Overall length is 39 5/8 in. (100.6 cm.), 13 in. (33 cm.) wide at lower bout, and 2 in. (5.1 cm.) in depth, measured at side of rim. Scale length is 24 3/4 in. (629 mm.). Width of nut is 1 11/16 in. (43 mm.).

This is a nicely preserved guitar overall, cleaner than many for its 65+ years on the planet showing some light general wear overall a couple of minor alterations. It appears in played but not heavily used condition; The gleaming ebony finish shows typical small dents and dings, but only a few go down to the wood below. There is a bit more scuffing to the back of the body than the face, but no large areas of belt-buckle wear as is often encountered. The lacquer overall shows very little of the commonly encountered checking. Except for one dent behind the 7-8th fret area the back of the neck is very clean. There is one small split in the outer binding layer on the upper bass bout.

There is typical wear to the gold plating, as usual most heavily on the ends of the bridge and stop tailpiece where some is worn away from the top from players' hands resting there. All hardware remain original with a couple of exceptions. The tuners have been changed twice; currently they are period (Patent Pending) Grover Rotomatics, as Customs were fitted with around 1959. There are marks indicating Schaller tuners replaced the original Kluson sealfast pegs earlier on, with some minor related touch up to the back of the headstock. The rest of the guitar shows no evidence of any later finish work and blacklights perfectly. The strap buttons are correct period Gibson parts but are devoid of gold plating so we assume them to be replacements.

The electronics appear original except the volume pot for the treble pickup which looks to have been replaced some time ago. The rest of the wiring including the "bumblebee" caps remains intact, with some solder joints redone from the pot work. The neck pickup cover has a couple of spots in the plastic cracked between the poles, with the section between the E and B magnets missing. One of the screws for the backplate is not original, the other three are. Inside the backplate is an old sticker from Pete's Guitar in St Paul Minnesota, a very well-regarded dealer in decades past; the work was probably done there. This establishment was considered one of the world's premier vintage shops but closed a couple of decades back after the founder's death.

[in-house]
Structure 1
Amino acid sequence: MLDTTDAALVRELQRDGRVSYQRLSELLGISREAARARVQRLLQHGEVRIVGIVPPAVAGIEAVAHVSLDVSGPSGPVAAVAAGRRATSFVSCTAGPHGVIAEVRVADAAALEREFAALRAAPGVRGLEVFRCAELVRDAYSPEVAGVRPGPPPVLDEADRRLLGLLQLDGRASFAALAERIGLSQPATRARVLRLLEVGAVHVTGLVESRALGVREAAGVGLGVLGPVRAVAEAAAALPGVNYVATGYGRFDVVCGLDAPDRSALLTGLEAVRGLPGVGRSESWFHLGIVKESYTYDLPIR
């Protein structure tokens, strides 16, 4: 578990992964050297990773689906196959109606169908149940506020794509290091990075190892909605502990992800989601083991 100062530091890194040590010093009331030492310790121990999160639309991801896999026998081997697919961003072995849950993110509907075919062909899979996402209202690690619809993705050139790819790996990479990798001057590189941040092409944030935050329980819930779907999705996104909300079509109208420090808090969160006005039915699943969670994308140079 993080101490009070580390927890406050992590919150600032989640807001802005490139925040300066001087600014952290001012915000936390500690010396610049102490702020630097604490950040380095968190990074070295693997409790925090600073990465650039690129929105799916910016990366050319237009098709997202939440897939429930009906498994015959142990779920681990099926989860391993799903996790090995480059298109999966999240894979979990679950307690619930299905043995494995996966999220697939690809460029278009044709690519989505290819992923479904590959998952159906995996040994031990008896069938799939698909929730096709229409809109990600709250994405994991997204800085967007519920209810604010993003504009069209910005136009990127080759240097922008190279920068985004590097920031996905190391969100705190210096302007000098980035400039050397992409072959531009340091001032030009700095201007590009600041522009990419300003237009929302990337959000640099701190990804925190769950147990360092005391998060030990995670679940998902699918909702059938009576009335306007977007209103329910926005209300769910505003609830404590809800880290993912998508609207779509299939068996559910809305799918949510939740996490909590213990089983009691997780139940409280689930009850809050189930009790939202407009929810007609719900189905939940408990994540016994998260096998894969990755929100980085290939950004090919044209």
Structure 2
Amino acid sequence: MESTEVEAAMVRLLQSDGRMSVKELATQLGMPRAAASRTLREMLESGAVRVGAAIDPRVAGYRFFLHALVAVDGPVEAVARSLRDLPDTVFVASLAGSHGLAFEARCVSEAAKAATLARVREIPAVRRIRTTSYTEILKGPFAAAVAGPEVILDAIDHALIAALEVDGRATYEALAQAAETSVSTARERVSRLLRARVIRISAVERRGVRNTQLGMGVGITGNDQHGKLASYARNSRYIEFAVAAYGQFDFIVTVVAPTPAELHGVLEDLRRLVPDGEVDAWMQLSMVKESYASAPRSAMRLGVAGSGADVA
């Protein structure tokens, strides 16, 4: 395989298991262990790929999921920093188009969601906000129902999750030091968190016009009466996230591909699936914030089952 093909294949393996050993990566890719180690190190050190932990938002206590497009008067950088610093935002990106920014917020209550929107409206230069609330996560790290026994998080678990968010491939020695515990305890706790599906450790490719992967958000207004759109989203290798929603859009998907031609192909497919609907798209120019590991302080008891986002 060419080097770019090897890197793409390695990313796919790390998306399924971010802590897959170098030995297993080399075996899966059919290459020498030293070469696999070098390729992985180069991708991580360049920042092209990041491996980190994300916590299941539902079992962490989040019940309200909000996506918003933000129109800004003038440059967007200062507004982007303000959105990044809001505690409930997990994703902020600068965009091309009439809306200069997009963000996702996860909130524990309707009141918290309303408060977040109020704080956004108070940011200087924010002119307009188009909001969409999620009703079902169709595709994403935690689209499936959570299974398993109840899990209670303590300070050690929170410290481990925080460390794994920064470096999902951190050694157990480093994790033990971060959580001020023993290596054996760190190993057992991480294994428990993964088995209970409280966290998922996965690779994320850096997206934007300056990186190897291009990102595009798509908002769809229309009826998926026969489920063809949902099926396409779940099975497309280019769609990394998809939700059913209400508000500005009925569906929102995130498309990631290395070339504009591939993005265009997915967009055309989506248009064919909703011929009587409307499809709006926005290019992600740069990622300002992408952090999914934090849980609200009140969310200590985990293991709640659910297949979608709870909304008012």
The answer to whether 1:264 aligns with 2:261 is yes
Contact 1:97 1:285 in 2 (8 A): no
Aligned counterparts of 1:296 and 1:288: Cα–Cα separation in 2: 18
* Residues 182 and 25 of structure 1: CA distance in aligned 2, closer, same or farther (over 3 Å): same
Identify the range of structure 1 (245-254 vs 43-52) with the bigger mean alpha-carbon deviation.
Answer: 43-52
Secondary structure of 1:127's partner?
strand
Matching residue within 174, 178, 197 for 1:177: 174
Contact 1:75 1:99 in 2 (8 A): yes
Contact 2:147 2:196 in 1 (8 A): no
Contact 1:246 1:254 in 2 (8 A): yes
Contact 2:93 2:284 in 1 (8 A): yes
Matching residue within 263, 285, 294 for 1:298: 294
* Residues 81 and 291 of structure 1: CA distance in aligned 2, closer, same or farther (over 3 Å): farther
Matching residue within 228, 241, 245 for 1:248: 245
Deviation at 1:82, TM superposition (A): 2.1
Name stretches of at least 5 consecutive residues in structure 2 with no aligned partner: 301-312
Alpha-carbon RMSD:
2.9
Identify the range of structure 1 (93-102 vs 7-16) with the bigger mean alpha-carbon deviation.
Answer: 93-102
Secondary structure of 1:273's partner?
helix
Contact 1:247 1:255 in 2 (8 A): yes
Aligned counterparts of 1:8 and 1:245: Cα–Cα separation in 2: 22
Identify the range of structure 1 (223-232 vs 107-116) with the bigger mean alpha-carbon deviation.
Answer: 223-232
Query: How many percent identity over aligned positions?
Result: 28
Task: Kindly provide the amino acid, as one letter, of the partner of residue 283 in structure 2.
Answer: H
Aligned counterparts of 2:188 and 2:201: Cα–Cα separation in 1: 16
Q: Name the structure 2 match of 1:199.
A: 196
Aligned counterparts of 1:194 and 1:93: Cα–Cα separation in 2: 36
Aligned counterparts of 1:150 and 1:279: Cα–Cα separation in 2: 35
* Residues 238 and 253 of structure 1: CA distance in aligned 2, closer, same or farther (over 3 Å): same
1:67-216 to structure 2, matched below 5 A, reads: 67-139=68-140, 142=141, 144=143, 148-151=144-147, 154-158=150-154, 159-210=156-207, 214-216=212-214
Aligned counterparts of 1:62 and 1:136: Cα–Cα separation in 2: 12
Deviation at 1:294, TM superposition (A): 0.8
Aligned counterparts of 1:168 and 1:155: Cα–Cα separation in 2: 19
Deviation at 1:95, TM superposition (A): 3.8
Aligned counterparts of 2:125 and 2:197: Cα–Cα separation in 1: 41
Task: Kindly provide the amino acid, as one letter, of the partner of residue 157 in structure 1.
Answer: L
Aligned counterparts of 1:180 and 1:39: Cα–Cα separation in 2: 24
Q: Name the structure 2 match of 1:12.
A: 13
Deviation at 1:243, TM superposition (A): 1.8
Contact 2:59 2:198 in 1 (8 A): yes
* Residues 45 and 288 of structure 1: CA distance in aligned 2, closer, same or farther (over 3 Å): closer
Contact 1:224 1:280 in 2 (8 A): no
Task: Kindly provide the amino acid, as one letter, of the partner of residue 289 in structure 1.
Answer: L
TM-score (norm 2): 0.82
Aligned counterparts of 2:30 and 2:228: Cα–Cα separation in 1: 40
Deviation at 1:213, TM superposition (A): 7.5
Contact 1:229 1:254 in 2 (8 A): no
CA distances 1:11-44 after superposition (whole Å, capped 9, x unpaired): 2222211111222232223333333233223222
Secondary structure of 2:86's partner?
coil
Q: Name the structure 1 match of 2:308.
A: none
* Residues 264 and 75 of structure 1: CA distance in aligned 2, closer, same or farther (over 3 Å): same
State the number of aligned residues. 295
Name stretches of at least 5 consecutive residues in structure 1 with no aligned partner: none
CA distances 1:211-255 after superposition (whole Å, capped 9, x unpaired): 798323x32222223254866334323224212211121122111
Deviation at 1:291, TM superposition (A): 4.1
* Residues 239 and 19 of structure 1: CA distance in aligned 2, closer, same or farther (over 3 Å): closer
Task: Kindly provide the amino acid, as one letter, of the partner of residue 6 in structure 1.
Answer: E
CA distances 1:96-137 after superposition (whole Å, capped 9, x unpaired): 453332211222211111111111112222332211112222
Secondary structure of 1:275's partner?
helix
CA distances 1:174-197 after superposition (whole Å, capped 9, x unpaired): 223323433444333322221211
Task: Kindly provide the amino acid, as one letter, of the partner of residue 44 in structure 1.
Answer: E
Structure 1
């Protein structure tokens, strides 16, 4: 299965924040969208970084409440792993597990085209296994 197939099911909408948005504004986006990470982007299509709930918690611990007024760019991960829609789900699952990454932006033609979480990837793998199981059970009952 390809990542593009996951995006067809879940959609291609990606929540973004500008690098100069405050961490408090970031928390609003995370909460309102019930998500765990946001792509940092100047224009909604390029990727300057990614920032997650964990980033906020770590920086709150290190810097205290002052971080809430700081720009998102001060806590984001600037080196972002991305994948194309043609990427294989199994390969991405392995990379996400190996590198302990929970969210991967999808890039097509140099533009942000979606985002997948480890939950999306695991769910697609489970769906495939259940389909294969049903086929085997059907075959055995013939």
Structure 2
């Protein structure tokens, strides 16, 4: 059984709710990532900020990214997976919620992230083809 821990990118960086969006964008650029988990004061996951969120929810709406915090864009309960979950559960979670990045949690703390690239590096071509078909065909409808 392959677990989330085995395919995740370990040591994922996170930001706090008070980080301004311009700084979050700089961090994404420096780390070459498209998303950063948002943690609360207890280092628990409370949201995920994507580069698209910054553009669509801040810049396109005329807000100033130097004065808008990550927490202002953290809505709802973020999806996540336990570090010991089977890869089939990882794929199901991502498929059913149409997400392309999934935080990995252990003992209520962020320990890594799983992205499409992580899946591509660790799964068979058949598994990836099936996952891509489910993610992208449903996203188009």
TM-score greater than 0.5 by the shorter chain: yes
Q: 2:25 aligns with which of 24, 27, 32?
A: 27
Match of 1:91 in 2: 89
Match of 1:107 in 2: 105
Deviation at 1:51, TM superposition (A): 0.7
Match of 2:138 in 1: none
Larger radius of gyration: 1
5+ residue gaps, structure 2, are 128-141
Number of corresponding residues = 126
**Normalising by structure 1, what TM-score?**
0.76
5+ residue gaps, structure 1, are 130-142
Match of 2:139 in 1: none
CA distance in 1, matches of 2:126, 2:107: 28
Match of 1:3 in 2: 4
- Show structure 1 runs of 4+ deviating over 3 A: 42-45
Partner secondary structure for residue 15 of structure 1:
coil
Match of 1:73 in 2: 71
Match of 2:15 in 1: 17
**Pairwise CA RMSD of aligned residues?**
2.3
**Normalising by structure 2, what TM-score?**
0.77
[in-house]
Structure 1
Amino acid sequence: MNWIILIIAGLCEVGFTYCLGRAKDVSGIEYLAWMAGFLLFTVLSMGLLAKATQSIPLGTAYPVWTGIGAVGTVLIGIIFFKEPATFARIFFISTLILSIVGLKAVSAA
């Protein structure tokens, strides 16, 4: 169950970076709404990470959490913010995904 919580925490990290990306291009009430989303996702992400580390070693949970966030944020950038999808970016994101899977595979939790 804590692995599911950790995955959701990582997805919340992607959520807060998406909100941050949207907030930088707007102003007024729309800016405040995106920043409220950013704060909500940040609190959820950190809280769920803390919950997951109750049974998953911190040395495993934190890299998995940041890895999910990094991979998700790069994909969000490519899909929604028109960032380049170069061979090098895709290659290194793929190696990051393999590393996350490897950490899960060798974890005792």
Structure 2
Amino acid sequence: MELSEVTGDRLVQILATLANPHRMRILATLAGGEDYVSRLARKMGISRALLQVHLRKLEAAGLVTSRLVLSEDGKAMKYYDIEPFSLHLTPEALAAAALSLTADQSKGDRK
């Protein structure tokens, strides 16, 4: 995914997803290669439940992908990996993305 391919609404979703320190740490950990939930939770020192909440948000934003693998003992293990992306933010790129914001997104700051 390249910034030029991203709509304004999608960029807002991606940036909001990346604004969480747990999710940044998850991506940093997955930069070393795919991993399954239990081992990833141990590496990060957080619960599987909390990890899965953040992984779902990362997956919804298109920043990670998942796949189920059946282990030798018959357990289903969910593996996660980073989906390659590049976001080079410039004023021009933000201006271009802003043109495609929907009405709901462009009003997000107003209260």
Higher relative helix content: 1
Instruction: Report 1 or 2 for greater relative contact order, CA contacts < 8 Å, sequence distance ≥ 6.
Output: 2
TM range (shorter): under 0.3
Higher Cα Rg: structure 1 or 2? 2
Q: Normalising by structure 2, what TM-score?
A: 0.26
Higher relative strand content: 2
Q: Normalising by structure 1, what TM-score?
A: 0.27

The frets are fairly typical 70s style wire, larger than 1950s standard but not 80s huge. They show minimal wear since installation, the ebony fingerboard is clean and the bone nut is newer as well. As noted many modern players prefer such frets to the minimalist originals on this model and playability is excellent. On the whole this is a nice player's examples of a 1950s Les Paul Customs, used but not abused and generally well preserved for its age. Both pickups have plenty of sing and the instrument has a very powerful sound both clean and cranked. It comes in a rather eccentric case; this is a correct period 4-latch brown Les Paul standard case with a black pebbled finish (as seen on Custom cases) applied to the outside. Whether this was a factory emergency expediency to produce a few black cases when the stock ran out or a later dealer or player effort we can't say, but it is a very professional job, and a pretty unique conversation piece! Overall Excellent - Condition.